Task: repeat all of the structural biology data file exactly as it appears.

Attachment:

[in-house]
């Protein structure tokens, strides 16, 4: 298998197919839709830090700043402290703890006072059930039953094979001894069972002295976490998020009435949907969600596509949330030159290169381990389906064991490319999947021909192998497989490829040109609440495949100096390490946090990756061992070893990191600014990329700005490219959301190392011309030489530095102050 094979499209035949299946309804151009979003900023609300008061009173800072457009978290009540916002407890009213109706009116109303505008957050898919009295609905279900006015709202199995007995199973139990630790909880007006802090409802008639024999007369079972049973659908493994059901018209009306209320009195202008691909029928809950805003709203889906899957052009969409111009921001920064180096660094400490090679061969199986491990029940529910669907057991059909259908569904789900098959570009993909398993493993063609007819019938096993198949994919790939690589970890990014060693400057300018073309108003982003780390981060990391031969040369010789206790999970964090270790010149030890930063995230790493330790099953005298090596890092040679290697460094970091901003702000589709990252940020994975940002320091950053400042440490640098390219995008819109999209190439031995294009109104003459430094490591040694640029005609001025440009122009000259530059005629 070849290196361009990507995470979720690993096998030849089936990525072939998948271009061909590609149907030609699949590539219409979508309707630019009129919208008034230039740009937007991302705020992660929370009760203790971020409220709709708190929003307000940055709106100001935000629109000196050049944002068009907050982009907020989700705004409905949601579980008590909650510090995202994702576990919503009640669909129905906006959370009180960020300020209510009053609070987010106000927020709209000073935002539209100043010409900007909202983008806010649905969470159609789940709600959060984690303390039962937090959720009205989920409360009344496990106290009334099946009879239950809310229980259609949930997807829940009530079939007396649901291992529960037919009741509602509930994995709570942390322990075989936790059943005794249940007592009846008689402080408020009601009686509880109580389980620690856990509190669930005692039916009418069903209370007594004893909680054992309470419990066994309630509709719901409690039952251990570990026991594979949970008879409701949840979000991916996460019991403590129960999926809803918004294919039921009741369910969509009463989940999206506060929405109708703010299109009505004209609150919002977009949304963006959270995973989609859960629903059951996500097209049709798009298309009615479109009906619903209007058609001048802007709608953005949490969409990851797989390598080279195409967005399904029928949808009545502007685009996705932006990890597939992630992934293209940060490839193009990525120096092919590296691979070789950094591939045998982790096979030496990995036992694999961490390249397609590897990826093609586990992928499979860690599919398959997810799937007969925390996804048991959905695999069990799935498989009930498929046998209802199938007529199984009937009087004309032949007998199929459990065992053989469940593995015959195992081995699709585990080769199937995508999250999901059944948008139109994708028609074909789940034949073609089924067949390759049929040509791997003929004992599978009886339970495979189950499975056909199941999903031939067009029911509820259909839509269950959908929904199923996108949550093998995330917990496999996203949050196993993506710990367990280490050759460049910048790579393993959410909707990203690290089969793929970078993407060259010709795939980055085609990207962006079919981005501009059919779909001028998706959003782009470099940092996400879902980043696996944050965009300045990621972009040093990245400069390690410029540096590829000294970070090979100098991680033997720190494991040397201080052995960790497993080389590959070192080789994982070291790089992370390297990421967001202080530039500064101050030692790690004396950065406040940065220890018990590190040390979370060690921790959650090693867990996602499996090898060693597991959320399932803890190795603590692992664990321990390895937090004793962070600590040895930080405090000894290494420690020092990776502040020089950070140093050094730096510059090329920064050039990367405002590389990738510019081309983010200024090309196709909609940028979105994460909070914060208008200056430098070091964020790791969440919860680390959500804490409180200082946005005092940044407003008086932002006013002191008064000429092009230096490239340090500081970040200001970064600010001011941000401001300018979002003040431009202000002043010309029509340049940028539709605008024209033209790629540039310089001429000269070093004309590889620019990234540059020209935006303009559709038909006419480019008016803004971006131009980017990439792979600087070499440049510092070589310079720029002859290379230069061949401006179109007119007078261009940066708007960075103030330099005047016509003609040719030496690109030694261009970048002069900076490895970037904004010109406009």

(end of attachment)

[in-house]
């Protein structure tokens, strides 16, 4: 298998197919839709830090700043402290703890006072059930039953094979001894069972002295976490998020009435949907969600596509949330030159290169381990389906064991490319999947021909192998497989490829040109609440495949100096390490946090990756061992070893990191600014990329700005490219959301190392011309030489530095102050 094979499209035949299946309804151009979003900023609300008061009173800072457009978290009540916002407890009213109706009116109303505008957050898919009295609905279900006015709202199995007995199973139990630790909880007006802090409802008639024999007369079972049973659908493994059901018209009306209320009195202008691909029928809950805003709203889906899957052009969409111009921001920064180096660094400490090679061969199986491990029940529910669907057991059909259908569904789900098959570009993909398993493993063609007819019938096993198949994919790939690589970890990014060693400057300018073309108003982003780390981060990391031969040369010789206790999970964090270790010149030890930063995230790493330790099953005298090596890092040679290697460094970091901003702000589709990252940020994975940002320091950053400042440490640098390219995008819109999209190439031995294009109104003459430094490591040694640029005609001025440009122009000259530059005629 070849290196361009990507995470979720690993096998030849089936990525072939998948271009061909590609149907030609699949590539219409979508309707630019009129919208008034230039740009937007991302705020992660929370009760203790971020409220709709708190929003307000940055709106100001935000629109000196050049944002068009907050982009907020989700705004409905949601579980008590909650510090995202994702576990919503009640669909129905906006959370009180960020300020209510009053609070987010106000927020709209000073935002539209100043010409900007909202983008806010649905969470159609789940709600959060984690303390039962937090959720009205989920409360009344496990106290009334099946009879239950809310229980259609949930997807829940009530079939007396649901291992529960037919009741509602509930994995709570942390322990075989936790059943005794249940007592009846008689402080408020009601009686509880109580389980620690856990509190669930005692039916009418069903209370007594004893909680054992309470419990066994309630509709719901409690039952251990570990026991594979949970008879409701949840979000991916996460019991403590129960999926809803918004294919039921009741369910969509009463989940999206506060929405109708703010299109009505004209609150919002977009949304963006959270995973989609859960629903059951996500097209049709798009298309009615479109009906619903209007058609001048802007709608953005949490969409990851797989390598080279195409967005399904029928949808009545502007685009996705932006990890597939992630992934293209940060490839193009990525120096092919590296691979070789950094591939045998982790096979030496990995036992694999961490390249397609590897990826093609586990992928499979860690599919398959997810799937007969925390996804048991959905695999069990799935498989009930498929046998209802199938007529199984009937009087004309032949007998199929459990065992053989469940593995015959195992081995699709585990080769199937995508999250999901059944948008139109994708028609074909789940034949073609089924067949390759049929040509791997003929004992599978009886339970495979189950499975056909199941999903031939067009029911509820259909839509269950959908929904199923996108949550093998995330917990496999996203949050196993993506710990367990280490050759460049910048790579393993959410909707990203690290089969793929970078993407060259010709795939980055085609990207962006079919981005501009059919779909001028998706959003782009470099940092996400879902980043696996944050965009300045990621972009040093990245400069390690410029540096590829000294970070090979100098991680033997720190494991040397201080052995960790497993080389590959070192080789994982070291790089992370390297990421967001202080530039500064101050030692790690004396950065406040940065220890018990590190040390979370060690921790959650090693867990996602499996090898060693597991959320399932803890190795603590692992664990321990390895937090004793962070600590040895930080405090000894290494420690020092990776502040020089950070140093050094730096510059090329920064050039990367405002590389990738510019081309983010200024090309196709909609940028979105994460909070914060208008200056430098070091964020790791969440919860680390959500804490409180200082946005005092940044407003008086932002006013002191008064000429092009230096490239340090500081970040200001970064600010001011941000401001300018979002003040431009202000002043010309029509340049940028539709605008024209033209790629540039310089001429000269070093004309590889620019990234540059020209935006303009559709038909006419480019008016803004971006131009980017990439792979600087070499440049510092070589310079720029002859290379230069061949401006179109007119007078261009940066708007960075103030330099005047016509003609040719030496690109030694261009970048002069900076490895970037904004010109406009």